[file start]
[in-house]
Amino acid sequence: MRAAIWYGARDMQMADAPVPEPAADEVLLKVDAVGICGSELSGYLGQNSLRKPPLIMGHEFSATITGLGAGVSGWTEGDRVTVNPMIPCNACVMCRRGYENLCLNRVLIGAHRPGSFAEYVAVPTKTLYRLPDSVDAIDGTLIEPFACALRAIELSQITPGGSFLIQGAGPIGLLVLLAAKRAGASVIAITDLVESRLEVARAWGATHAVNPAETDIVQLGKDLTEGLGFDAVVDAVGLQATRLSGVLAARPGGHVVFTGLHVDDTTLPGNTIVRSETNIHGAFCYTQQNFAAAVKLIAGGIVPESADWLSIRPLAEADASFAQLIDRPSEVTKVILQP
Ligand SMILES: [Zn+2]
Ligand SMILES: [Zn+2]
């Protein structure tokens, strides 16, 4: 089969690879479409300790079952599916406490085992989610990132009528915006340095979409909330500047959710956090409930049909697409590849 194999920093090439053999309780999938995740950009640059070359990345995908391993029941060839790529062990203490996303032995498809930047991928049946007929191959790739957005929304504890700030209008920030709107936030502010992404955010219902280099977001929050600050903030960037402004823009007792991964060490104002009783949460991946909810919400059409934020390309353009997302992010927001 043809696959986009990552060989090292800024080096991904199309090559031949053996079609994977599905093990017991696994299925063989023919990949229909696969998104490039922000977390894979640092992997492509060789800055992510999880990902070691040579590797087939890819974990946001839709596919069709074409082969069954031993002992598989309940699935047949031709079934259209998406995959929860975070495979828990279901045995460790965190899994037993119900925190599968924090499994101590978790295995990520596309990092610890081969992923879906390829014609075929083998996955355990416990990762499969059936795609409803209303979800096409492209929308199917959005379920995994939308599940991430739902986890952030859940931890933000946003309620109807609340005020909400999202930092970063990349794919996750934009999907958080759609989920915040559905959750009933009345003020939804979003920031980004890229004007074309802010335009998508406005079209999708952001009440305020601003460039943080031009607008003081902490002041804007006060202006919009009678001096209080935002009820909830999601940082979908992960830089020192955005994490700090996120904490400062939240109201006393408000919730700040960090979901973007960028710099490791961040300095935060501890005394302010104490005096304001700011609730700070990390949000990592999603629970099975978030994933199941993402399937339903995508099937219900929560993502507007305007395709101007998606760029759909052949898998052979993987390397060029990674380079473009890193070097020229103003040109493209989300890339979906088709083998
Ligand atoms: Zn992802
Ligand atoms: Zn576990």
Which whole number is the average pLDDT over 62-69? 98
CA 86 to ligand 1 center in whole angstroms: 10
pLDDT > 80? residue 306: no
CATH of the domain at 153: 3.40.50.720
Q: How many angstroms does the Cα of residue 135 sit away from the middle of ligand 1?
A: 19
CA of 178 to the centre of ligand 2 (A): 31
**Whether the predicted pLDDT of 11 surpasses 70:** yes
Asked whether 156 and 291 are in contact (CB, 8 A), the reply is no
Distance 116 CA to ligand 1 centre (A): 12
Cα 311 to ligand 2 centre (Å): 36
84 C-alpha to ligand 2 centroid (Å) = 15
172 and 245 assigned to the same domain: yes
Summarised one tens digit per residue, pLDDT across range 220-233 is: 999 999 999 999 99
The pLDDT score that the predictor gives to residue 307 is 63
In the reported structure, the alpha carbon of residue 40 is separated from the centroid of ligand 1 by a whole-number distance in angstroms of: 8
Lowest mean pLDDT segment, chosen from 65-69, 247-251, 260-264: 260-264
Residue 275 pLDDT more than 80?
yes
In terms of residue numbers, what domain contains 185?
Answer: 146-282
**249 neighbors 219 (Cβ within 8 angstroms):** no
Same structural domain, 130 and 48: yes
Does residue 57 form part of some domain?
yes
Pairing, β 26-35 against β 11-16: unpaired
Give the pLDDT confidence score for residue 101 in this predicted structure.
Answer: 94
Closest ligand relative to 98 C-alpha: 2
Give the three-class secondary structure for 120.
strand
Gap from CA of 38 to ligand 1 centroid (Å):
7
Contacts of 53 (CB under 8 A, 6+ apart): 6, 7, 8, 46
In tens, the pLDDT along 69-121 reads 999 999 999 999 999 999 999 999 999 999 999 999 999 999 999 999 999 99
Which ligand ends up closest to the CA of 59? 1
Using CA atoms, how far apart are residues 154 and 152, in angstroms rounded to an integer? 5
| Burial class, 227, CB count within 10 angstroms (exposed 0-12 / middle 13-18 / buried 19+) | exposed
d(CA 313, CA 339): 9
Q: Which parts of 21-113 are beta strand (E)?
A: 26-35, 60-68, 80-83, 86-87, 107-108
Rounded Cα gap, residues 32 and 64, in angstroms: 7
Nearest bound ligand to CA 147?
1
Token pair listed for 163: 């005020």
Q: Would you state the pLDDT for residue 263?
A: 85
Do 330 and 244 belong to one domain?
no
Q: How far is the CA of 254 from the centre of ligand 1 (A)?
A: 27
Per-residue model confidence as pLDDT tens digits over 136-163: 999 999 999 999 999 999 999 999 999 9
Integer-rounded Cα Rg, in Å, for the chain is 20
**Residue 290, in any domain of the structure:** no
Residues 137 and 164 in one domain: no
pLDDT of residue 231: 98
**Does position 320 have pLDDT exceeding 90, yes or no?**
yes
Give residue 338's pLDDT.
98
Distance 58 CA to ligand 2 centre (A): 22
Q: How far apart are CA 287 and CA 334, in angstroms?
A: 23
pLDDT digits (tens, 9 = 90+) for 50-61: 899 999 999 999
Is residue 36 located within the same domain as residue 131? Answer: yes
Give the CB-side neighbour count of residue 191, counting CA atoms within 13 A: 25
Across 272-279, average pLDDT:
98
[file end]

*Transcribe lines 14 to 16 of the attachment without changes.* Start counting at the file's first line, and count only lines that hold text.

CA of 178 to the centre of ligand 2 (A): 31
**Whether the predicted pLDDT of 11 surpasses 70:** yes
Asked whether 156 and 291 are in contact (CB, 8 A), the reply is no